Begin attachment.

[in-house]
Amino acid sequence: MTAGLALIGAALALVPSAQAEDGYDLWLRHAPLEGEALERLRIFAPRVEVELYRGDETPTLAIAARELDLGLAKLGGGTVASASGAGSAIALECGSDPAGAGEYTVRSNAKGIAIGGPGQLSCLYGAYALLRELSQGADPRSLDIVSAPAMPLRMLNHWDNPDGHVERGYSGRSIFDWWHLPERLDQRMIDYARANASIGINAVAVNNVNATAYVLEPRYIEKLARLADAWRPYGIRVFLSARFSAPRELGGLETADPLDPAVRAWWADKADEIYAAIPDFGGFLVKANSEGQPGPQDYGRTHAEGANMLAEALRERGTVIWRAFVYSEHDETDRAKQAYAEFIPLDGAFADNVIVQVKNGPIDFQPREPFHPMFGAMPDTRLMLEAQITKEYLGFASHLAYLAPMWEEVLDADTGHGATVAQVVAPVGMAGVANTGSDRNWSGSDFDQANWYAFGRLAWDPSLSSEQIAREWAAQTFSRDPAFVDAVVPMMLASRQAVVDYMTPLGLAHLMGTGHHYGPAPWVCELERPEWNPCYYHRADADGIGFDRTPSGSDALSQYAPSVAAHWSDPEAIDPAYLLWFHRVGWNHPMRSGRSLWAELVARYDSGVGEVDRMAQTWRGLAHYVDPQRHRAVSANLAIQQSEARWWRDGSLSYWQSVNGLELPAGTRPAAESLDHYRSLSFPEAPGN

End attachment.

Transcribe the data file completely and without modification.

[in-house]
Amino acid sequence: MTAGLALIGAALALVPSAQAEDGYDLWLRHAPLEGEALERLRIFAPRVEVELYRGDETPTLAIAARELDLGLAKLGGGTVASASGAGSAIALECGSDPAGAGEYTVRSNAKGIAIGGPGQLSCLYGAYALLRELSQGADPRSLDIVSAPAMPLRMLNHWDNPDGHVERGYSGRSIFDWWHLPERLDQRMIDYARANASIGINAVAVNNVNATAYVLEPRYIEKLARLADAWRPYGIRVFLSARFSAPRELGGLETADPLDPAVRAWWADKADEIYAAIPDFGGFLVKANSEGQPGPQDYGRTHAEGANMLAEALRERGTVIWRAFVYSEHDETDRAKQAYAEFIPLDGAFADNVIVQVKNGPIDFQPREPFHPMFGAMPDTRLMLEAQITKEYLGFASHLAYLAPMWEEVLDADTGHGATVAQVVAPVGMAGVANTGSDRNWSGSDFDQANWYAFGRLAWDPSLSSEQIAREWAAQTFSRDPAFVDAVVPMMLASRQAVVDYMTPLGLAHLMGTGHHYGPAPWVCELERPEWNPCYYHRADADGIGFDRTPSGSDALSQYAPSVAAHWSDPEAIDPAYLLWFHRVGWNHPMRSGRSLWAELVARYDSGVGEVDRMAQTWRGLAHYVDPQRHRAVSANLAIQQSEARWWRDGSLSYWQSVNGLELPAGTRPAAESLDHYRSLSFPEAPGN